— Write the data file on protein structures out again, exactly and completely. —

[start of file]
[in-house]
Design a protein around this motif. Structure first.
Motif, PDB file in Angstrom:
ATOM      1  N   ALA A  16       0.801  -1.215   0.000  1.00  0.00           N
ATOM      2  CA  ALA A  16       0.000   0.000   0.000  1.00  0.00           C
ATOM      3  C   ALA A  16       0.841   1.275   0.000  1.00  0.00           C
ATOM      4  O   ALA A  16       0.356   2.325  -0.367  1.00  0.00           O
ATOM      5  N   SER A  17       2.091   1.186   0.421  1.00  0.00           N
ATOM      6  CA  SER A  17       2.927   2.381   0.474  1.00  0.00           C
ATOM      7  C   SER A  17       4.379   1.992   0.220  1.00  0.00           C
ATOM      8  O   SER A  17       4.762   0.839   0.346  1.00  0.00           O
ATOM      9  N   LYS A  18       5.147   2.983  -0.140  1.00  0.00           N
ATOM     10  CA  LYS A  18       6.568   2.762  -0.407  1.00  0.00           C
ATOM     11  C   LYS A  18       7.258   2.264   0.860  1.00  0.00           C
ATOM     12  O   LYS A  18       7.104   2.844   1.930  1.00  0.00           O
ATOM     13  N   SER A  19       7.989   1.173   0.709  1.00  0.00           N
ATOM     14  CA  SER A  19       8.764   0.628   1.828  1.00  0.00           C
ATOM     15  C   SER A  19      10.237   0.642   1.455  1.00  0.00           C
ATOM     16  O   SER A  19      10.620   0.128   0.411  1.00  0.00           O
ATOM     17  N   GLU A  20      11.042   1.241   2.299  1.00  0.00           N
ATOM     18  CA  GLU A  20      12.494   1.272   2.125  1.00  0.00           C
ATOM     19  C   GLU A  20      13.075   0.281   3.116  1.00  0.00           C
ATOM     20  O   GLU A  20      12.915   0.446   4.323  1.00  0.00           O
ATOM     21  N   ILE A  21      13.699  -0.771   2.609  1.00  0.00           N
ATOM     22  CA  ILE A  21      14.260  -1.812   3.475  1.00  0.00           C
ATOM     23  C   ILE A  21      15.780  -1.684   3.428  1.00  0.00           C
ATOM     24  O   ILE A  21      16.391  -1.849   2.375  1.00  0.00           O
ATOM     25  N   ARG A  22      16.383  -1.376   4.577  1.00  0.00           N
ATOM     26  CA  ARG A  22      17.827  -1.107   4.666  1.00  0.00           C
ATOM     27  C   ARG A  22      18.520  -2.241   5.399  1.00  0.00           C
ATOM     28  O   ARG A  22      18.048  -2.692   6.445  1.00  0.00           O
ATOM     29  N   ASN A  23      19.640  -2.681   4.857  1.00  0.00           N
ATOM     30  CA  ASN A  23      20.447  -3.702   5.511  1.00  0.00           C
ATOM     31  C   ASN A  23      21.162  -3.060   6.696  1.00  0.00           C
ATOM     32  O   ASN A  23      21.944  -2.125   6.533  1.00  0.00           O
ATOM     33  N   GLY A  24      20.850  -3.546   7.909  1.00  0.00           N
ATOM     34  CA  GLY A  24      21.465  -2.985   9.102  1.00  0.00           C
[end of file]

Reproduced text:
[in-house]
Design a protein around this motif. Structure first.
Motif, PDB file in Angstrom:
ATOM      1  N   ALA A  16       0.801  -1.215   0.000  1.00  0.00           N
ATOM      2  CA  ALA A  16       0.000   0.000   0.000  1.00  0.00           C
ATOM      3  C   ALA A  16       0.841   1.275   0.000  1.00  0.00           C
ATOM      4  O   ALA A  16       0.356   2.325  -0.367  1.00  0.00           O
ATOM      5  N   SER A  17       2.091   1.186   0.421  1.00  0.00           N
ATOM      6  CA  SER A  17       2.927   2.381   0.474  1.00  0.00           C
ATOM      7  C   SER A  17       4.379   1.992   0.220  1.00  0.00           C
ATOM      8  O   SER A  17       4.762   0.839   0.346  1.00  0.00           O
ATOM      9  N   LYS A  18       5.147   2.983  -0.140  1.00  0.00           N
ATOM     10  CA  LYS A  18       6.568   2.762  -0.407  1.00  0.00           C
ATOM     11  C   LYS A  18       7.258   2.264   0.860  1.00  0.00           C
ATOM     12  O   LYS A  18       7.104   2.844   1.930  1.00  0.00           O
ATOM     13  N   SER A  19       7.989   1.173   0.709  1.00  0.00           N
ATOM     14  CA  SER A  19       8.764   0.628   1.828  1.00  0.00           C
ATOM     15  C   SER A  19      10.237   0.642   1.455  1.00  0.00           C
ATOM     16  O   SER A  19      10.620   0.128   0.411  1.00  0.00           O
ATOM     17  N   GLU A  20      11.042   1.241   2.299  1.00  0.00           N
ATOM     18  CA  GLU A  20      12.494   1.272   2.125  1.00  0.00           C
ATOM     19  C   GLU A  20      13.075   0.281   3.116  1.00  0.00           C
ATOM     20  O   GLU A  20      12.915   0.446   4.323  1.00  0.00           O
ATOM     21  N   ILE A  21      13.699  -0.771   2.609  1.00  0.00           N
ATOM     22  CA  ILE A  21      14.260  -1.812   3.475  1.00  0.00           C
ATOM     23  C   ILE A  21      15.780  -1.684   3.428  1.00  0.00           C
ATOM     24  O   ILE A  21      16.391  -1.849   2.375  1.00  0.00           O
ATOM     25  N   ARG A  22      16.383  -1.376   4.577  1.00  0.00           N
ATOM     26  CA  ARG A  22      17.827  -1.107   4.666  1.00  0.00           C
ATOM     27  C   ARG A  22      18.520  -2.241   5.399  1.00  0.00           C
ATOM     28  O   ARG A  22      18.048  -2.692   6.445  1.00  0.00           O
ATOM     29  N   ASN A  23      19.640  -2.681   4.857  1.00  0.00           N
ATOM     30  CA  ASN A  23      20.447  -3.702   5.511  1.00  0.00           C
ATOM     31  C   ASN A  23      21.162  -3.060   6.696  1.00  0.00           C
ATOM     32  O   ASN A  23      21.944  -2.125   6.533  1.00  0.00           O
ATOM     33  N   GLY A  24      20.850  -3.546   7.909  1.00  0.00           N
ATOM     34  CA  GLY A  24      21.465  -2.985   9.102  1.00  0.00           C